So recently we asked our guest writer TheGamingDads to give their review of The Longest 5 Minutes on the Nintendo Switch, shall we find out what they thought?
The Longest 5 Minutes, developed by Nippon Ichi Software America, has a style unlike any other turn-based RPG that we have come across.
I couldn’t help but scratch my head at the fact that the story starts at the Final Boss Battle… Don’t lose all faith, the ‘Hero’ of the story ironically named ‘Flash Back’ has lost all recollection of how he came about this gruelling battle with the Overlord himself, the ‘Demon King’.
His Special Ability, the name of his hometown, and even the reason he’s trying to defeat the Overlord in the first place, have completely vanished from his mind. Our hero feels as though he’s letting his allies down…
Luckily you spend the first opening cut scene sifting through dialog, your allies’ subtle words and the ever-taunting nature of the Overlord cause the hero to become overwhelmed with staged flashbacks returning his memory piece by piece. Regaining his memory, the hero must battle through stages and obtain every part of the story before it is too late and the world as they know it, will be destroyed.
Certain moments in the battle cut scene or specific words that are said by a certain character trigger these memories, sending you back in time to play through a chapter or scene of the RPG action. You’ll be going back and forth from the present to past, gaining your not just your memory, but your skills that bring you up to speed with this battle to the death.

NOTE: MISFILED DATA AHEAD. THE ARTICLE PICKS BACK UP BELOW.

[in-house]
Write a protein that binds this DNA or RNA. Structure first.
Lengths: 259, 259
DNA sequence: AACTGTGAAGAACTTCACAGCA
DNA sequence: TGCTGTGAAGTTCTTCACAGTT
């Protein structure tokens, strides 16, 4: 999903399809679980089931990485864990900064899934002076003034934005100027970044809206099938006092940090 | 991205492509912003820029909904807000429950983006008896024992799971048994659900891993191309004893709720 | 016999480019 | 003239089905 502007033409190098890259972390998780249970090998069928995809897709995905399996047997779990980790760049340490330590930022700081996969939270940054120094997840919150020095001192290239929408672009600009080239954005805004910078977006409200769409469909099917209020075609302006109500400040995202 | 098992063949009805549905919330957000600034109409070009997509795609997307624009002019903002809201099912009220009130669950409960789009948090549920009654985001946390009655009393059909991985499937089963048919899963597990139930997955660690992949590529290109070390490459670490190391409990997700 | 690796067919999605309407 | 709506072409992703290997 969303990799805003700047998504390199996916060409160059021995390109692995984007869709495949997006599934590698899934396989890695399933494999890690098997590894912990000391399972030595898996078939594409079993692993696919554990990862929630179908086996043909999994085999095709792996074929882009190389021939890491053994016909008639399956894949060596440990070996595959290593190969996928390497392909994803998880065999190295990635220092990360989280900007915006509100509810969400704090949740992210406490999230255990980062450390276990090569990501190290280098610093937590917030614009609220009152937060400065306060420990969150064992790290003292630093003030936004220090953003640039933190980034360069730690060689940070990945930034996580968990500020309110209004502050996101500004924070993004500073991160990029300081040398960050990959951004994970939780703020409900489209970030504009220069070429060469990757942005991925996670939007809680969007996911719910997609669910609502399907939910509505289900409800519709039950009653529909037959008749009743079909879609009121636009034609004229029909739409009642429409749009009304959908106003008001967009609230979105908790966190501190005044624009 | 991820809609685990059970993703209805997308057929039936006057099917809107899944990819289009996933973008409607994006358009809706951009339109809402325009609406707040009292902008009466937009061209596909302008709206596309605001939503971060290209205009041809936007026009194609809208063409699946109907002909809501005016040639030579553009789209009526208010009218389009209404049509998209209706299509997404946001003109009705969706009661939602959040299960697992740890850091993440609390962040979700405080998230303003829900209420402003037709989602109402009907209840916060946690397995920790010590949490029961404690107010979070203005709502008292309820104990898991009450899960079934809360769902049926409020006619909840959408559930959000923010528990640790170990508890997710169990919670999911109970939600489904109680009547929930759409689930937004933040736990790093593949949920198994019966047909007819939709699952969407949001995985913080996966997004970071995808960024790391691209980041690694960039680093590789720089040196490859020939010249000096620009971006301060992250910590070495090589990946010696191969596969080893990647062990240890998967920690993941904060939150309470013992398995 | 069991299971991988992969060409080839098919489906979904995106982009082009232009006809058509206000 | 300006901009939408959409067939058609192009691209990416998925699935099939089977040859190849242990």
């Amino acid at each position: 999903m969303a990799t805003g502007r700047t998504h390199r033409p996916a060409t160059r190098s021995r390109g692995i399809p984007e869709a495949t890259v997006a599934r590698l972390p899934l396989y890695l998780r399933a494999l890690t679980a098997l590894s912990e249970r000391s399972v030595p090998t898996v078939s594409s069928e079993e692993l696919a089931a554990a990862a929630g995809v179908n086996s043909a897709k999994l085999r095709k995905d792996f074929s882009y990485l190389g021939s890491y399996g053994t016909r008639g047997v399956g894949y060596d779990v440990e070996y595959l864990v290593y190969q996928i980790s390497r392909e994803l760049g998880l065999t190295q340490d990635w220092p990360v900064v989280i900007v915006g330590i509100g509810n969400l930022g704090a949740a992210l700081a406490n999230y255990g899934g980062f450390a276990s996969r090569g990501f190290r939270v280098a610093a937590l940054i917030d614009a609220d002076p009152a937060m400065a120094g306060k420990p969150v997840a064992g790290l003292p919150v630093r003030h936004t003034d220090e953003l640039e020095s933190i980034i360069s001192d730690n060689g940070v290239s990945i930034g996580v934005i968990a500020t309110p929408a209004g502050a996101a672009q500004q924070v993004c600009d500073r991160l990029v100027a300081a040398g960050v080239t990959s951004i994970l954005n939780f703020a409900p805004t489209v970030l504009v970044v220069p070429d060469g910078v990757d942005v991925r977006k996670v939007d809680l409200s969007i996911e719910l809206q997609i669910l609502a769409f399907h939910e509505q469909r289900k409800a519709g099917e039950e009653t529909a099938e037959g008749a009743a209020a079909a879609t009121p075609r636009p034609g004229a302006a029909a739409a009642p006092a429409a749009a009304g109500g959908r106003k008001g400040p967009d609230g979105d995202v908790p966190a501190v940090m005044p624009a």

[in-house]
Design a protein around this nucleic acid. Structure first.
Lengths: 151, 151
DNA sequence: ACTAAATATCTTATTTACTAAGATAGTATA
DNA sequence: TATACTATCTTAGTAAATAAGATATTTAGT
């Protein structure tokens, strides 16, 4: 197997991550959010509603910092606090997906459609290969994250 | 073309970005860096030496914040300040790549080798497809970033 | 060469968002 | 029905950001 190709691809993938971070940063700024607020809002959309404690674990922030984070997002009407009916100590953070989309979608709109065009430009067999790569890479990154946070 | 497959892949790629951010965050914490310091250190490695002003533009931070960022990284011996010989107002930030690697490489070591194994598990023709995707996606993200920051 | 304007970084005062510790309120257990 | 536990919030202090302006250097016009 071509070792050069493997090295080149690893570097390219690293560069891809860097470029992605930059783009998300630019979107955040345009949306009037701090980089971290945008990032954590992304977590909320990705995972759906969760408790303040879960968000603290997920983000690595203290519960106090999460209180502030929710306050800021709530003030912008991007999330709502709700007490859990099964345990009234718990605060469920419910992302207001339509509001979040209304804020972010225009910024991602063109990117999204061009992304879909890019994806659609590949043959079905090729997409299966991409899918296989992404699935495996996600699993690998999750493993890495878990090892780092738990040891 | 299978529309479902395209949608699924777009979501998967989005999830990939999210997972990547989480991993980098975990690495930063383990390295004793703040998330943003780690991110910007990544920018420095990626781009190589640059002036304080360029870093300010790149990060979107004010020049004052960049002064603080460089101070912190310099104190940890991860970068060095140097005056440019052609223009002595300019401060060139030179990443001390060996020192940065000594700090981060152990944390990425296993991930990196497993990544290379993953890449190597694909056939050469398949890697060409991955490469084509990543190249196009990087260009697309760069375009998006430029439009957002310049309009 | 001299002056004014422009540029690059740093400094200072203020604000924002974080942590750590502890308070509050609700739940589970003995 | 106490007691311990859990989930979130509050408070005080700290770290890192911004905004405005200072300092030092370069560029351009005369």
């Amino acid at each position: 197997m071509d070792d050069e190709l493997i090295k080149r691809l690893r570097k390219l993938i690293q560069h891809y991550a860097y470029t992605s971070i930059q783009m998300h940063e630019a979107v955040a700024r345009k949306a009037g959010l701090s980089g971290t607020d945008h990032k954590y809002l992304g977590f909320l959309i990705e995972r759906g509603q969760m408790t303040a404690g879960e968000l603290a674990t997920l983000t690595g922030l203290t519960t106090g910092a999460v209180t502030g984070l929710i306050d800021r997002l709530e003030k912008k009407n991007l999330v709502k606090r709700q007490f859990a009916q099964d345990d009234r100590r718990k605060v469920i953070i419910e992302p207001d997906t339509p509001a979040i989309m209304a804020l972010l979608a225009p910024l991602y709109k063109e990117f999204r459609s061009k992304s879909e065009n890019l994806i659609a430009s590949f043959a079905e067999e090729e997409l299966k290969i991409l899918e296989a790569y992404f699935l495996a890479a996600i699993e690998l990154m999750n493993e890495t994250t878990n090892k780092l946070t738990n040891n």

The Longest Five Minutes has been designed around speed as a central element. It carries a comical tone throughout, and even its most sincere attempts at melodrama are tempered with lightheartedness.
Because the entire adventure lasts only about eight – to – ten hours, it flashes through plot points that similar games might linger on, though the game does present a few surprising revelations as the story approaches its conclusion. It’s less a game to be taken seriously , it’s flavourful localization gives the game’s script an unexpected puissance, acting as a counterbalance to its unmemorable and bland soundtrack.
The game itself, once you are past the initial cut scene, is very simple to play. The RPG aspect is subtle and light. What I enjoy about the game is that there is little requirement to sift through every inch of detail to find ‘loot’ or ‘items’. You play through each chapter at different time stamps through the game, so there is no requirement to focus on levelling up the team or holding on to those items.
Once you begin the first chapter, you will find that each chapter are governed by objectives that you must accomplish whilst you are playing the game. Objectives usually task you with the sort of things you might expect such as fulfilling side quests, travelling to new destinations along the world map, and then the combat scenes. Taking on enemies that spawn such as they do in the Final Fantasy, even Pokemon Series. I really enjoy the simplicity of the game, it makes it easy to pick up and play which stays true to the roots of Nintendo Switch. I just can’t help but think that it lacks that depth to which Final Fantasy and Pokemon had with its style, as I ventured through the game, I just could not find that connection with the characters or relate in anyway.